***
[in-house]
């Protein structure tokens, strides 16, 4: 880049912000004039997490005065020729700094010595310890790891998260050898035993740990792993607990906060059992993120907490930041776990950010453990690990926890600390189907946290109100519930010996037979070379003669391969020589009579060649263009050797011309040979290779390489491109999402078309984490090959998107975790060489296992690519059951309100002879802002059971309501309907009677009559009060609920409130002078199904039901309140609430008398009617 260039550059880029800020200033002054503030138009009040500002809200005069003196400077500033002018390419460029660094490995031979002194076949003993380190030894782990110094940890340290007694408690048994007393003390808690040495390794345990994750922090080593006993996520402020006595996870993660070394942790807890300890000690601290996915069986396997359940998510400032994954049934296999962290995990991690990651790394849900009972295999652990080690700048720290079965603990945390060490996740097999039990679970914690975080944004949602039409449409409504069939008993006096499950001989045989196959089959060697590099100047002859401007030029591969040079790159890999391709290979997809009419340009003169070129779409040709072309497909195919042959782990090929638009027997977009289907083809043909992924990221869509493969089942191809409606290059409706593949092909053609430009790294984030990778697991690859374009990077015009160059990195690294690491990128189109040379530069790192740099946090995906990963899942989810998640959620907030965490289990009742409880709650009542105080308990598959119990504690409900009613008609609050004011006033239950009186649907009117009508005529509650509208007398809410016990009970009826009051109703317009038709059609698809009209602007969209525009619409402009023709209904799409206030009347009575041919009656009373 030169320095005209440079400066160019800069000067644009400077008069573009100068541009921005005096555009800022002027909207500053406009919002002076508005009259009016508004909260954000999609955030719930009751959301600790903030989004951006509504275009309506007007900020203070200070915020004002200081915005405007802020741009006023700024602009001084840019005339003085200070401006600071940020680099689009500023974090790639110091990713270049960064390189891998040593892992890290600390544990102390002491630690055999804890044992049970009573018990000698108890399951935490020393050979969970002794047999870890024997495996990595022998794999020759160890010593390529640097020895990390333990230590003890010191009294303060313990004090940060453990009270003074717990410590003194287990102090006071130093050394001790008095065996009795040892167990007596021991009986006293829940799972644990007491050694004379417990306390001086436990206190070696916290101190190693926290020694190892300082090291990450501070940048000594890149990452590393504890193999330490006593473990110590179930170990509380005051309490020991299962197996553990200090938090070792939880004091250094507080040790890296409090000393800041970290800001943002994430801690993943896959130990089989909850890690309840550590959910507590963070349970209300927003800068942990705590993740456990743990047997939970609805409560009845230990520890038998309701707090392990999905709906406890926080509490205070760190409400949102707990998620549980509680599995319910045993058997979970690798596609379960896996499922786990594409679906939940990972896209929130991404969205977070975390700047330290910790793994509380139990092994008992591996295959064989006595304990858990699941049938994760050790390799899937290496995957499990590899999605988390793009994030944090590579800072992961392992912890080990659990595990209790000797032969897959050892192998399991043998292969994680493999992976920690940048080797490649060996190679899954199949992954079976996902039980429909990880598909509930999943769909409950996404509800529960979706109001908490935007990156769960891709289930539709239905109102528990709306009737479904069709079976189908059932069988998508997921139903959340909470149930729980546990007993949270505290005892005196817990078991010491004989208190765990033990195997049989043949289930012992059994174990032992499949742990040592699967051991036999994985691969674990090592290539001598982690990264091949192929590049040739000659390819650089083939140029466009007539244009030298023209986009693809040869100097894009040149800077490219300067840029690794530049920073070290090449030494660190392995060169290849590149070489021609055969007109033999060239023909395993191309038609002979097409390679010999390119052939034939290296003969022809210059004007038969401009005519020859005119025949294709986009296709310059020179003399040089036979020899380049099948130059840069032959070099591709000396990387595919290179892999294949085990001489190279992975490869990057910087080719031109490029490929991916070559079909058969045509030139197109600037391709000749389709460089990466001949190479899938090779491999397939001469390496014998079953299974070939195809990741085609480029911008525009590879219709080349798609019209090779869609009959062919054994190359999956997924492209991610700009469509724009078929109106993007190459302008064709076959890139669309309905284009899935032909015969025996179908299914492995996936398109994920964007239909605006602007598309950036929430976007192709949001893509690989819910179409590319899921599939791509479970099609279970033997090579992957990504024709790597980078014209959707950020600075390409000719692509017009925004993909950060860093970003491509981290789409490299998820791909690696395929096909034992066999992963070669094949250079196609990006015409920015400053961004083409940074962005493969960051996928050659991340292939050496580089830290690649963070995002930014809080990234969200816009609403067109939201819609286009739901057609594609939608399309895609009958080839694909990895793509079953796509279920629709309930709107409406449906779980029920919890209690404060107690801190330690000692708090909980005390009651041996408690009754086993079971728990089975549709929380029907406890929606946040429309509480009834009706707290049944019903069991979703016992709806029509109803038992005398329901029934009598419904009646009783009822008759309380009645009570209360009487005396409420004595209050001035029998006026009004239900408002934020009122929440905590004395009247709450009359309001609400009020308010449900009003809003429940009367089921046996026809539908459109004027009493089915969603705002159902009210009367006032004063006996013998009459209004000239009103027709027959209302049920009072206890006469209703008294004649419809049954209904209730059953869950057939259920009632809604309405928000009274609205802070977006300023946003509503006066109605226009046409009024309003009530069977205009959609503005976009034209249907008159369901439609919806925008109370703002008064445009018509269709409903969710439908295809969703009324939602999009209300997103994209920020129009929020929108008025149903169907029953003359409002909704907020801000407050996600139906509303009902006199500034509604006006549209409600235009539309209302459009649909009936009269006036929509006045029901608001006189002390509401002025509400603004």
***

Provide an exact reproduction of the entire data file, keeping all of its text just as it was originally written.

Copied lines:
[in-house]
């Protein structure tokens, strides 16, 4: 880049912000004039997490005065020729700094010595310890790891998260050898035993740990792993607990906060059992993120907490930041776990950010453990690990926890600390189907946290109100519930010996037979070379003669391969020589009579060649263009050797011309040979290779390489491109999402078309984490090959998107975790060489296992690519059951309100002879802002059971309501309907009677009559009060609920409130002078199904039901309140609430008398009617 260039550059880029800020200033002054503030138009009040500002809200005069003196400077500033002018390419460029660094490995031979002194076949003993380190030894782990110094940890340290007694408690048994007393003390808690040495390794345990994750922090080593006993996520402020006595996870993660070394942790807890300890000690601290996915069986396997359940998510400032994954049934296999962290995990991690990651790394849900009972295999652990080690700048720290079965603990945390060490996740097999039990679970914690975080944004949602039409449409409504069939008993006096499950001989045989196959089959060697590099100047002859401007030029591969040079790159890999391709290979997809009419340009003169070129779409040709072309497909195919042959782990090929638009027997977009289907083809043909992924990221869509493969089942191809409606290059409706593949092909053609430009790294984030990778697991690859374009990077015009160059990195690294690491990128189109040379530069790192740099946090995906990963899942989810998640959620907030965490289990009742409880709650009542105080308990598959119990504690409900009613008609609050004011006033239950009186649907009117009508005529509650509208007398809410016990009970009826009051109703317009038709059609698809009209602007969209525009619409402009023709209904799409206030009347009575041919009656009373 030169320095005209440079400066160019800069000067644009400077008069573009100068541009921005005096555009800022002027909207500053406009919002002076508005009259009016508004909260954000999609955030719930009751959301600790903030989004951006509504275009309506007007900020203070200070915020004002200081915005405007802020741009006023700024602009001084840019005339003085200070401006600071940020680099689009500023974090790639110091990713270049960064390189891998040593892992890290600390544990102390002491630690055999804890044992049970009573018990000698108890399951935490020393050979969970002794047999870890024997495996990595022998794999020759160890010593390529640097020895990390333990230590003890010191009294303060313990004090940060453990009270003074717990410590003194287990102090006071130093050394001790008095065996009795040892167990007596021991009986006293829940799972644990007491050694004379417990306390001086436990206190070696916290101190190693926290020694190892300082090291990450501070940048000594890149990452590393504890193999330490006593473990110590179930170990509380005051309490020991299962197996553990200090938090070792939880004091250094507080040790890296409090000393800041970290800001943002994430801690993943896959130990089989909850890690309840550590959910507590963070349970209300927003800068942990705590993740456990743990047997939970609805409560009845230990520890038998309701707090392990999905709906406890926080509490205070760190409400949102707990998620549980509680599995319910045993058997979970690798596609379960896996499922786990594409679906939940990972896209929130991404969205977070975390700047330290910790793994509380139990092994008992591996295959064989006595304990858990699941049938994760050790390799899937290496995957499990590899999605988390793009994030944090590579800072992961392992912890080990659990595990209790000797032969897959050892192998399991043998292969994680493999992976920690940048080797490649060996190679899954199949992954079976996902039980429909990880598909509930999943769909409950996404509800529960979706109001908490935007990156769960891709289930539709239905109102528990709306009737479904069709079976189908059932069988998508997921139903959340909470149930729980546990007993949270505290005892005196817990078991010491004989208190765990033990195997049989043949289930012992059994174990032992499949742990040592699967051991036999994985691969674990090592290539001598982690990264091949192929590049040739000659390819650089083939140029466009007539244009030298023209986009693809040869100097894009040149800077490219300067840029690794530049920073070290090449030494660190392995060169290849590149070489021609055969007109033999060239023909395993191309038609002979097409390679010999390119052939034939290296003969022809210059004007038969401009005519020859005119025949294709986009296709310059020179003399040089036979020899380049099948130059840069032959070099591709000396990387595919290179892999294949085990001489190279992975490869990057910087080719031109490029490929991916070559079909058969045509030139197109600037391709000749389709460089990466001949190479899938090779491999397939001469390496014998079953299974070939195809990741085609480029911008525009590879219709080349798609019209090779869609009959062919054994190359999956997924492209991610700009469509724009078929109106993007190459302008064709076959890139669309309905284009899935032909015969025996179908299914492995996936398109994920964007239909605006602007598309950036929430976007192709949001893509690989819910179409590319899921599939791509479970099609279970033997090579992957990504024709790597980078014209959707950020600075390409000719692509017009925004993909950060860093970003491509981290789409490299998820791909690696395929096909034992066999992963070669094949250079196609990006015409920015400053961004083409940074962005493969960051996928050659991340292939050496580089830290690649963070995002930014809080990234969200816009609403067109939201819609286009739901057609594609939608399309895609009958080839694909990895793509079953796509279920629709309930709107409406449906779980029920919890209690404060107690801190330690000692708090909980005390009651041996408690009754086993079971728990089975549709929380029907406890929606946040429309509480009834009706707290049944019903069991979703016992709806029509109803038992005398329901029934009598419904009646009783009822008759309380009645009570209360009487005396409420004595209050001035029998006026009004239900408002934020009122929440905590004395009247709450009359309001609400009020308010449900009003809003429940009367089921046996026809539908459109004027009493089915969603705002159902009210009367006032004063006996013998009459209004000239009103027709027959209302049920009072206890006469209703008294004649419809049954209904209730059953869950057939259920009632809604309405928000009274609205802070977006300023946003509503006066109605226009046409009024309003009530069977205009959609503005976009034209249907008159369901439609919806925008109370703002008064445009018509269709409903969710439908295809969703009324939602999009209300997103994209920020129009929020929108008025149903169907029953003359409002909704907020801000407050996600139906509303009902006199500034509604006006549209409600235009539309209302459009649909009936009269006036929509006045029901608001006189002390509401002025509400603004």